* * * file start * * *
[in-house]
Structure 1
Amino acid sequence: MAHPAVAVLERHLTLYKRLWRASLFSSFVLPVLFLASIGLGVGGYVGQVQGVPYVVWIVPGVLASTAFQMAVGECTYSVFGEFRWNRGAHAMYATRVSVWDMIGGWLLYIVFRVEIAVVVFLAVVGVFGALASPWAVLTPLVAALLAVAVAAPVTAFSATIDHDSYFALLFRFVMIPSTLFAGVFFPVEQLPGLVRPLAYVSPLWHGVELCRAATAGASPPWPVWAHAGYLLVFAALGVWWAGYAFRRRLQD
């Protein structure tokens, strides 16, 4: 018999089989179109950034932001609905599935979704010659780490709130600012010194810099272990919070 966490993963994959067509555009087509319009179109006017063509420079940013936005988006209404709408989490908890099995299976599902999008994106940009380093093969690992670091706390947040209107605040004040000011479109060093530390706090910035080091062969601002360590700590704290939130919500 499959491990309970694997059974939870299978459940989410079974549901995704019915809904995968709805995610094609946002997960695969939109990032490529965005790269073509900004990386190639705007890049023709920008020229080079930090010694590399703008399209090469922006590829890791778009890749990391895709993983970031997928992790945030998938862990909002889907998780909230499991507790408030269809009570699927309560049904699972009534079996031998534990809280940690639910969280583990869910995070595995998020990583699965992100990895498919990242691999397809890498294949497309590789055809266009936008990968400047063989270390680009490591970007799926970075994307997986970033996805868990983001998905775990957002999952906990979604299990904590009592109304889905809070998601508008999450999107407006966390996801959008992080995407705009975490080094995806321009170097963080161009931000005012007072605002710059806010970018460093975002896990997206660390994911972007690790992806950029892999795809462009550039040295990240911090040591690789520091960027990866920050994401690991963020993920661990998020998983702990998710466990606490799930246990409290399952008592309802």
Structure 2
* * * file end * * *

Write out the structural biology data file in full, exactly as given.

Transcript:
[in-house]
Structure 1
Amino acid sequence: MAHPAVAVLERHLTLYKRLWRASLFSSFVLPVLFLASIGLGVGGYVGQVQGVPYVVWIVPGVLASTAFQMAVGECTYSVFGEFRWNRGAHAMYATRVSVWDMIGGWLLYIVFRVEIAVVVFLAVVGVFGALASPWAVLTPLVAALLAVAVAAPVTAFSATIDHDSYFALLFRFVMIPSTLFAGVFFPVEQLPGLVRPLAYVSPLWHGVELCRAATAGASPPWPVWAHAGYLLVFAALGVWWAGYAFRRRLQD
């Protein structure tokens, strides 16, 4: 018999089989179109950034932001609905599935979704010659780490709130600012010194810099272990919070 966490993963994959067509555009087509319009179109006017063509420079940013936005988006209404709408989490908890099995299976599902999008994106940009380093093969690992670091706390947040209107605040004040000011479109060093530390706090910035080091062969601002360590700590704290939130919500 499959491990309970694997059974939870299978459940989410079974549901995704019915809904995968709805995610094609946002997960695969939109990032490529965005790269073509900004990386190639705007890049023709920008020229080079930090010694590399703008399209090469922006590829890791778009890749990391895709993983970031997928992790945030998938862990909002889907998780909230499991507790408030269809009570699927309560049904699972009534079996031998534990809280940690639910969280583990869910995070595995998020990583699965992100990895498919990242691999397809890498294949497309590789055809266009936008990968400047063989270390680009490591970007799926970075994307997986970033996805868990983001998905775990957002999952906990979604299990904590009592109304889905809070998601508008999450999107407006966390996801959008992080995407705009975490080094995806321009170097963080161009931000005012007072605002710059806010970018460093975002896990997206660390994911972007690790992806950029892999795809462009550039040295990240911090040591690789520091960027990866920050994401690991963020993920661990998020998983702990998710466990606490799930246990409290399952008592309802």
Structure 2